Mainland Chinese tourists flocked to Taiwan to sample life of "the other side". The nation of The Republic of China - 中华民国 is an economically strong state with a 23 million hard-working population. The Taiwanese people are diligent, fun loving, vibrant and distinguished in all academic fields. They used to suffer under the draconian rule of notorious dictators Chiang Kai-Sek and his son Ching-Kuo. Followed by the demise of the two bigoted presidents the citizens were relieved to be able to live in democracy. Now they could curse, criticize, oppose, make a mockery of, and joke about what their incumbent president said or did without fearing of going through the " White Terror "era. It was a time of harsh military rule to silence any dissident critic. When detained, the political prisoner faced grossly inhuman treatment - usually it's going to the death cell in a jail, and waited to be executed.
Eventually I heard an earful of stories from Mother and some relatives that our grandfather married the Japanese lady despite that he was already married to Ah Mah when he went to
to study and work. He hid the fact from both sides and had few children with
the Japanese woman. The secret began to unfold when he returned to Japan with his
newer wife and children as he found it hard to earn a living in Japan during those
warring years in the 1940s. Since then he lived in another wooden house he
built to accommodate his other family and had more children, just a short
distance from Ah Mah’s run-down abode. It was a huge blow to Ah Mah when she
realized all her effort in bringing up children single-handedly when her
husband was away, had gone to emptiness. It was unbearable to see her husband left
her to form a new family right under her nose, leaving her alone stoically to fend
for her two young children. The two woman simultaneously faced the cruel fact
that neither of them was the only wife to my grandfather. Taiwan
Ah Mah was most resentful to discover that the first child borne by the Japanese woman was even older than her son, my uncle. That meant her husband continued to father another child with Ah Mah, when he already had a son borne in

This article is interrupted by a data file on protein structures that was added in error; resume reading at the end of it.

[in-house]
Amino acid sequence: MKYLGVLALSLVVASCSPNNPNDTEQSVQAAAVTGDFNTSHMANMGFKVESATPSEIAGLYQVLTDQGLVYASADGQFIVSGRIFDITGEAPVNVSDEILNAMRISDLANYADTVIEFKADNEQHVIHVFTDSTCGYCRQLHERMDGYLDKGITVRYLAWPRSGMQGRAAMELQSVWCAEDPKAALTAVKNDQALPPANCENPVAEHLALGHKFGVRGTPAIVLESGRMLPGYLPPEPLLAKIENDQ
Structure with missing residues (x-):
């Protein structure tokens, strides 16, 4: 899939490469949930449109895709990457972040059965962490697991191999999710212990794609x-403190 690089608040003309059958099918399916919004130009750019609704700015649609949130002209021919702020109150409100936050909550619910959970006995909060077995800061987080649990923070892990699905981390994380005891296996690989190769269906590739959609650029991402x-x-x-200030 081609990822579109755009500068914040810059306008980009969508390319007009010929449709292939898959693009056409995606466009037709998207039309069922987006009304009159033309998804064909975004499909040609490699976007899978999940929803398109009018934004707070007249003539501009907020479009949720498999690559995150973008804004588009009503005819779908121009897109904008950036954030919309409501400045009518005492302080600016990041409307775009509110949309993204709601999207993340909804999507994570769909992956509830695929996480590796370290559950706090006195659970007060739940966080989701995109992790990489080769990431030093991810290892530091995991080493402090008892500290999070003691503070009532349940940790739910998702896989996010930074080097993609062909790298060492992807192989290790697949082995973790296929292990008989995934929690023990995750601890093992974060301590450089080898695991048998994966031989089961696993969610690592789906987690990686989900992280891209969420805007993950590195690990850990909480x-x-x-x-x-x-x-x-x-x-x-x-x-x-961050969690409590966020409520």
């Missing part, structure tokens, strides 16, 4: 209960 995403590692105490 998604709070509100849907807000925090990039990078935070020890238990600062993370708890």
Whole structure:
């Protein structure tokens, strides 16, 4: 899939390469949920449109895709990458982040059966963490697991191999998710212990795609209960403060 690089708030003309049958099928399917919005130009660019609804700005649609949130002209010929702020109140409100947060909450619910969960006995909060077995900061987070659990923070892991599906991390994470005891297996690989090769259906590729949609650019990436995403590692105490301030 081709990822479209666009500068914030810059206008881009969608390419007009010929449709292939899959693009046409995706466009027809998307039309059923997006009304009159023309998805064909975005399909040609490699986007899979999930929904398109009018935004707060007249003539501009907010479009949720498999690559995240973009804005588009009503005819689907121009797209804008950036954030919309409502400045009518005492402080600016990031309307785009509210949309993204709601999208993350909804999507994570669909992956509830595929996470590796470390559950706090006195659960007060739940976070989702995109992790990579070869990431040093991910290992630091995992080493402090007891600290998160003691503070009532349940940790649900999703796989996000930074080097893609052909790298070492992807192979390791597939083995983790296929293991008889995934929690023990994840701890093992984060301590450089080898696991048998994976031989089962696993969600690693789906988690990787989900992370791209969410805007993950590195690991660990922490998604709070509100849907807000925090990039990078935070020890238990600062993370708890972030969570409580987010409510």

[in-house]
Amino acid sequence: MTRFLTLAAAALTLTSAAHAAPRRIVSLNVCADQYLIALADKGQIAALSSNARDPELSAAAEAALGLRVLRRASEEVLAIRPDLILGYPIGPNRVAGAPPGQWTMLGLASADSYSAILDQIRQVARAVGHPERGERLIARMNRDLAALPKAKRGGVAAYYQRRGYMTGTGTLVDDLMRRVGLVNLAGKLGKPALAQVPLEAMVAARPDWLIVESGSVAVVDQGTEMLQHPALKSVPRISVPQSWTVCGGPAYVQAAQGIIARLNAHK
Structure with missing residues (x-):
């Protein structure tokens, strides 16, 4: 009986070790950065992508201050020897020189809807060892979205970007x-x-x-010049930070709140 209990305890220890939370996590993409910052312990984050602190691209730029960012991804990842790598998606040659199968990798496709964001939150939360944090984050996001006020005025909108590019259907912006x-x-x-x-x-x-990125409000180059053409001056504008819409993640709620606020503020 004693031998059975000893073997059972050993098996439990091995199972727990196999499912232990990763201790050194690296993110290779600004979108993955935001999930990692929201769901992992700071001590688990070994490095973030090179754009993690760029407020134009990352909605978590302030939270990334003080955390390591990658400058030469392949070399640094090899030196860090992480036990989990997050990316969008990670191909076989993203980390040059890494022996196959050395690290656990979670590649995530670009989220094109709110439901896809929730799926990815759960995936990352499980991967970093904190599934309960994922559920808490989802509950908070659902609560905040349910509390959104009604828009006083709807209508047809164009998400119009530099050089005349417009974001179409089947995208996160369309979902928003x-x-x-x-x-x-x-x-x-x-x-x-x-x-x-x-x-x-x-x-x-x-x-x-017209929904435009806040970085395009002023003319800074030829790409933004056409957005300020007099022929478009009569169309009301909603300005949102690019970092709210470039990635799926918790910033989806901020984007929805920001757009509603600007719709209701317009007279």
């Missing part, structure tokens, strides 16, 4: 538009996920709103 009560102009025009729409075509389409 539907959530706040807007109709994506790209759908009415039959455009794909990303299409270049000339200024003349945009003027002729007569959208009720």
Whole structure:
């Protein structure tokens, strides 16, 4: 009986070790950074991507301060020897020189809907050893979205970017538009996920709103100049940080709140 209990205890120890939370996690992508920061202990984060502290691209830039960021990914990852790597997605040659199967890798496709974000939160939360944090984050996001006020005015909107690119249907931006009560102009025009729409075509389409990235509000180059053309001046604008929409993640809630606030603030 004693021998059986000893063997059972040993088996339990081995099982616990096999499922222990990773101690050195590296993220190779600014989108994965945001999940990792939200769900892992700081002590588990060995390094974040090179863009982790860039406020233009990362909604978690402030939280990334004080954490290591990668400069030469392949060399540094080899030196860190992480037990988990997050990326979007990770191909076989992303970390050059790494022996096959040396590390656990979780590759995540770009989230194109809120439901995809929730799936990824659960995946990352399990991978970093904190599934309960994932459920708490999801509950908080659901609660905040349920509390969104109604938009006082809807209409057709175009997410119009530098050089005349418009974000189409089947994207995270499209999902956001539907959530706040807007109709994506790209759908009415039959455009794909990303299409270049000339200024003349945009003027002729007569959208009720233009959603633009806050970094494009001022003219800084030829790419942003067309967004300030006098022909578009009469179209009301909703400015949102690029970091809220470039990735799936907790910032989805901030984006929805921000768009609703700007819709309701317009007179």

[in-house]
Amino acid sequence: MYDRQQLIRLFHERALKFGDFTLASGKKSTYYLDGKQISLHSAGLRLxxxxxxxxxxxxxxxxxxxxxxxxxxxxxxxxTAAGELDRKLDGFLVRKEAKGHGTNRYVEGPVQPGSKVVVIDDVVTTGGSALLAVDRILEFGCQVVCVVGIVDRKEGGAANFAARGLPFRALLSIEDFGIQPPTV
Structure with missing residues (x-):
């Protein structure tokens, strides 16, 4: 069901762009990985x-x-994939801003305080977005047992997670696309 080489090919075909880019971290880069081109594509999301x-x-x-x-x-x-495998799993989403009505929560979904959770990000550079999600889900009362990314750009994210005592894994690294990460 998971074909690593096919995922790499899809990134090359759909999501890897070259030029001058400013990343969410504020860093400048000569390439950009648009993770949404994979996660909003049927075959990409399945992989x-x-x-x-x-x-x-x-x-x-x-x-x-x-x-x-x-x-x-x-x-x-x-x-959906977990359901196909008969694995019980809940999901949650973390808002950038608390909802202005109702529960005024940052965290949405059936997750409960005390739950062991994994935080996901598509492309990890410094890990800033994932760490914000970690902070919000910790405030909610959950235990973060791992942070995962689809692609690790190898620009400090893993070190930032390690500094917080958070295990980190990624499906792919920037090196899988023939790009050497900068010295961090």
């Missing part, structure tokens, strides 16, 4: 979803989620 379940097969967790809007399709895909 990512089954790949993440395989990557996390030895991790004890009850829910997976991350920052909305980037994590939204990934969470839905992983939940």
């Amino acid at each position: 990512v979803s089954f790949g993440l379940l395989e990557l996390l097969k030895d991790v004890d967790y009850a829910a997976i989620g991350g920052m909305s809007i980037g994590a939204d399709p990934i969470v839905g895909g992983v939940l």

. For that matter, my uncle
was brought up by Ah Mah (together with my mother) as she slogged as a single
parent, and her children were fatherless. Then the worst, unimaginable thing
happened that left Ah Mah in bitter despair. Following the end of WWII and the
dishonorable defeat of Japanese Imperial Army, the Japanese wife of my
grandfather faced the fate of being deported to her own country. Ah Mah was
coaxed and coerced to agree for a divorce, so as to make way for grandfather’s legitimatizing
his marriage with the Japanese woman. Japan
I was told that Ah Mah was a charming pretty lady when she was young; unfortunately she did not attend schools due to her father’s stubborn, traditional male chauvinistic opinion that girls should not be literate and educated. She hailed from a middle class family. By match making, she was arranged to marry grandfather and when they wed, it was the fancy talk of the village. The same fate befallen upon my own mother that when she graduated from her senior secondary school with brilliant results, grandfather cruelly obliterated her chance of studying medicine at the prestigious University of Tokyo despite her being secured a scholarship to further her studies. For that matter Ah Mah and mother wept for a few days.